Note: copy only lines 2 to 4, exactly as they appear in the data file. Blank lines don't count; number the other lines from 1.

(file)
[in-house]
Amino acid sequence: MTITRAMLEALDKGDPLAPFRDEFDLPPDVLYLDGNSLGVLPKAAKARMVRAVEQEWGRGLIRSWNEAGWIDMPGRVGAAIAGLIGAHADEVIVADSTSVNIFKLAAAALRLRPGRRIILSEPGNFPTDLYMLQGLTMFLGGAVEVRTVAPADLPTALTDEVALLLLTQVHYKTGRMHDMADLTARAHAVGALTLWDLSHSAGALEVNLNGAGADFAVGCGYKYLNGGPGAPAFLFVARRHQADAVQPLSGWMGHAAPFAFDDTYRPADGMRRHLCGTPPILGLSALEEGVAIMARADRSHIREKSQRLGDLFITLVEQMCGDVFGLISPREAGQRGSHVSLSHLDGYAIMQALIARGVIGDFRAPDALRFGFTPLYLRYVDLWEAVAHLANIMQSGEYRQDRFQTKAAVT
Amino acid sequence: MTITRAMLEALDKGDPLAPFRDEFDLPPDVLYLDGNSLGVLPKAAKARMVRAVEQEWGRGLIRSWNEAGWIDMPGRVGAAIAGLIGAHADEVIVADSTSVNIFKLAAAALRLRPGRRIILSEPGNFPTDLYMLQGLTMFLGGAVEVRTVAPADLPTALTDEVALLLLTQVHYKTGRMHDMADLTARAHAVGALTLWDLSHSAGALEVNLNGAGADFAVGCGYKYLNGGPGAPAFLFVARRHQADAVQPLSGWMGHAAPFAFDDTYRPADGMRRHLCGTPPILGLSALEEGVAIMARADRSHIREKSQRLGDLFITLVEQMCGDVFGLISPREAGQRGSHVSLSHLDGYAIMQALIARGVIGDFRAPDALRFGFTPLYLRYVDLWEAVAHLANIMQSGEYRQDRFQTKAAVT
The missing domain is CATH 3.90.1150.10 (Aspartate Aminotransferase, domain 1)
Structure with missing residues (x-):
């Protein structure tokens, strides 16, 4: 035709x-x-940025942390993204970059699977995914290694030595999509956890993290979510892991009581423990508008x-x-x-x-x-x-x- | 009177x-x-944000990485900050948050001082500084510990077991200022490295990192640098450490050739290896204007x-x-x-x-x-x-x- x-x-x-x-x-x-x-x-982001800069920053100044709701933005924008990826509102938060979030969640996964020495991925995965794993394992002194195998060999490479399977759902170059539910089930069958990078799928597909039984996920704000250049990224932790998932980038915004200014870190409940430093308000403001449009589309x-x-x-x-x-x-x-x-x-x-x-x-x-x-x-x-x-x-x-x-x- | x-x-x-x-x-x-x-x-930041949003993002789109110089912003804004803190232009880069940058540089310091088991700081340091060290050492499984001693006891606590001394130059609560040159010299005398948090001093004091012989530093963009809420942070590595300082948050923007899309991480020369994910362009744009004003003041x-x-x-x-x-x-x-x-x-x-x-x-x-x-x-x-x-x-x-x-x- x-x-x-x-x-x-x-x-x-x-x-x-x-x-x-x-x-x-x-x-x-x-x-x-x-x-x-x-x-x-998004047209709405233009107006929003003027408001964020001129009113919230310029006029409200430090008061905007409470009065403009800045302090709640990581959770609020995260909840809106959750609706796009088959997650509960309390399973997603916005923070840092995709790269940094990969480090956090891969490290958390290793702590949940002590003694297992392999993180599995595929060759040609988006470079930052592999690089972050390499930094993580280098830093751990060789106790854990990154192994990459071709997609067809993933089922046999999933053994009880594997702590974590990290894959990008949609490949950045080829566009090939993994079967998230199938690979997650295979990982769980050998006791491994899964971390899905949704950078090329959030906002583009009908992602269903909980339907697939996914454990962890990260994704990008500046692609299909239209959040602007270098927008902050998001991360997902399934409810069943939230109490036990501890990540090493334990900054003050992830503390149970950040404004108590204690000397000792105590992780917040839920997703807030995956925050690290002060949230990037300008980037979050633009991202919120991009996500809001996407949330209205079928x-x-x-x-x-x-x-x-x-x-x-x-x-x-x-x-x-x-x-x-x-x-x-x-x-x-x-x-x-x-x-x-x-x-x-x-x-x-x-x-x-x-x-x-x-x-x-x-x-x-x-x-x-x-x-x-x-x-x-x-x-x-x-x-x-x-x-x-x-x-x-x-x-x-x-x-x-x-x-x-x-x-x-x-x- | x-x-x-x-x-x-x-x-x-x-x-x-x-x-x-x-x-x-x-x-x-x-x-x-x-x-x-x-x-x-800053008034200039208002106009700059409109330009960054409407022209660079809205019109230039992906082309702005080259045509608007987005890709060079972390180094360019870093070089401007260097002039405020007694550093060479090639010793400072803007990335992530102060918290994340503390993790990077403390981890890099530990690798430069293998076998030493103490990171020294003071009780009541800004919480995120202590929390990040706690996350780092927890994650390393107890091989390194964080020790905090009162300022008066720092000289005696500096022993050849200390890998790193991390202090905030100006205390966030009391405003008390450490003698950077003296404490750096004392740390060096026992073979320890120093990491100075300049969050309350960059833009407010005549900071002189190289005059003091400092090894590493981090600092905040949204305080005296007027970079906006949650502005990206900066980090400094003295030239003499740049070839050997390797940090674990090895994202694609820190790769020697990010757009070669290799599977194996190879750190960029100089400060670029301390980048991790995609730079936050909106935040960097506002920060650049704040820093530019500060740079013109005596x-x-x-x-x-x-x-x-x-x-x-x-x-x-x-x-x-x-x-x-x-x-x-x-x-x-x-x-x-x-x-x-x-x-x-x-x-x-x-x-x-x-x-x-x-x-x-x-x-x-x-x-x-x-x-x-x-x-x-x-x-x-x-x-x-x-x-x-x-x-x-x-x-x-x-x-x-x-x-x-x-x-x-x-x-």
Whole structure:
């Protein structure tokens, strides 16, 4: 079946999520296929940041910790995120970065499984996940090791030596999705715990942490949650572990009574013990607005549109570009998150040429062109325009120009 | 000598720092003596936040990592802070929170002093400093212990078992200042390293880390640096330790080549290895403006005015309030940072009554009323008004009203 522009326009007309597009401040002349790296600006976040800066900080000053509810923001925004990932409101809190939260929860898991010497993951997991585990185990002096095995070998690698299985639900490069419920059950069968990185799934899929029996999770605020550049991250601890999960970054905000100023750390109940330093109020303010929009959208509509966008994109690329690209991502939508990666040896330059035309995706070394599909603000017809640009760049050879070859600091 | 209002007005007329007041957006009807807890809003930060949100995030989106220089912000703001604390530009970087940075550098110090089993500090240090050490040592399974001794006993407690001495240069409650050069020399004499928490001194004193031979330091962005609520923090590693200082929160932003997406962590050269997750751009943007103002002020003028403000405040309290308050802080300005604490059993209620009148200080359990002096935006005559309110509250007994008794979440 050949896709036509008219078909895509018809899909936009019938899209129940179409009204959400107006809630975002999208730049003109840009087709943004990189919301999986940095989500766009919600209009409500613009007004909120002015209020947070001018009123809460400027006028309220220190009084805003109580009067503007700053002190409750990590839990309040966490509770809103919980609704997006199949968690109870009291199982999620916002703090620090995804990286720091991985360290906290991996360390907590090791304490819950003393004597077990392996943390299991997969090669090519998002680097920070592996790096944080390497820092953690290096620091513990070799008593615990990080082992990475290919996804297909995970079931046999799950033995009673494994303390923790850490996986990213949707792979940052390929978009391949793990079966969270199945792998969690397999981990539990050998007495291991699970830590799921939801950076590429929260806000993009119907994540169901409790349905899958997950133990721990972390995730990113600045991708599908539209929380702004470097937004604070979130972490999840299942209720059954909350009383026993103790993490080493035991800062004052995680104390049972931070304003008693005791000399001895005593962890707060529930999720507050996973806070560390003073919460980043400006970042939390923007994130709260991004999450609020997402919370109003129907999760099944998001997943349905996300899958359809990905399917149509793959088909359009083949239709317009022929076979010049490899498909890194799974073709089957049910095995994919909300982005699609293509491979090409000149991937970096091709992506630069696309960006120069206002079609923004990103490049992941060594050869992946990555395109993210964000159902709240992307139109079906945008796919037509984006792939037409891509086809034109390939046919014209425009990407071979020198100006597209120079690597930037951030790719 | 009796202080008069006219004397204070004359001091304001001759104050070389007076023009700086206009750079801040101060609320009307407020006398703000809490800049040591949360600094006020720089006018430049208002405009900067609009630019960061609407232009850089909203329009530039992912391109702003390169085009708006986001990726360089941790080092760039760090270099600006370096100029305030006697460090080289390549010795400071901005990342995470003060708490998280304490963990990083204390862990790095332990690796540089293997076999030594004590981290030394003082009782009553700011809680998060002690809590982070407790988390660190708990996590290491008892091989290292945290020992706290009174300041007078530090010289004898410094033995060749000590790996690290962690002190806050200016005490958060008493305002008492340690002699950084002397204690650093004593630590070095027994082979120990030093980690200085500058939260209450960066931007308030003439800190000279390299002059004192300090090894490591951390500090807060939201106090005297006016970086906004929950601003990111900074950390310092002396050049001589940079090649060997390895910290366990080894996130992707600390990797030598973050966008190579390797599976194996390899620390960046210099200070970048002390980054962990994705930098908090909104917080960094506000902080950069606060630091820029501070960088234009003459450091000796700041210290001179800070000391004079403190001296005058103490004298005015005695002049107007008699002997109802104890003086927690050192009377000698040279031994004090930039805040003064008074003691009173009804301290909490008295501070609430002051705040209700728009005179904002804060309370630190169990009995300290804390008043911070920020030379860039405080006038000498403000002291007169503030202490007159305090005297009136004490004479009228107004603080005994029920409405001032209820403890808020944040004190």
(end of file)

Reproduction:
Amino acid sequence: MTITRAMLEALDKGDPLAPFRDEFDLPPDVLYLDGNSLGVLPKAAKARMVRAVEQEWGRGLIRSWNEAGWIDMPGRVGAAIAGLIGAHADEVIVADSTSVNIFKLAAAALRLRPGRRIILSEPGNFPTDLYMLQGLTMFLGGAVEVRTVAPADLPTALTDEVALLLLTQVHYKTGRMHDMADLTARAHAVGALTLWDLSHSAGALEVNLNGAGADFAVGCGYKYLNGGPGAPAFLFVARRHQADAVQPLSGWMGHAAPFAFDDTYRPADGMRRHLCGTPPILGLSALEEGVAIMARADRSHIREKSQRLGDLFITLVEQMCGDVFGLISPREAGQRGSHVSLSHLDGYAIMQALIARGVIGDFRAPDALRFGFTPLYLRYVDLWEAVAHLANIMQSGEYRQDRFQTKAAVT
Amino acid sequence: MTITRAMLEALDKGDPLAPFRDEFDLPPDVLYLDGNSLGVLPKAAKARMVRAVEQEWGRGLIRSWNEAGWIDMPGRVGAAIAGLIGAHADEVIVADSTSVNIFKLAAAALRLRPGRRIILSEPGNFPTDLYMLQGLTMFLGGAVEVRTVAPADLPTALTDEVALLLLTQVHYKTGRMHDMADLTARAHAVGALTLWDLSHSAGALEVNLNGAGADFAVGCGYKYLNGGPGAPAFLFVARRHQADAVQPLSGWMGHAAPFAFDDTYRPADGMRRHLCGTPPILGLSALEEGVAIMARADRSHIREKSQRLGDLFITLVEQMCGDVFGLISPREAGQRGSHVSLSHLDGYAIMQALIARGVIGDFRAPDALRFGFTPLYLRYVDLWEAVAHLANIMQSGEYRQDRFQTKAAVT
The missing domain is CATH 3.90.1150.10 (Aspartate Aminotransferase, domain 1)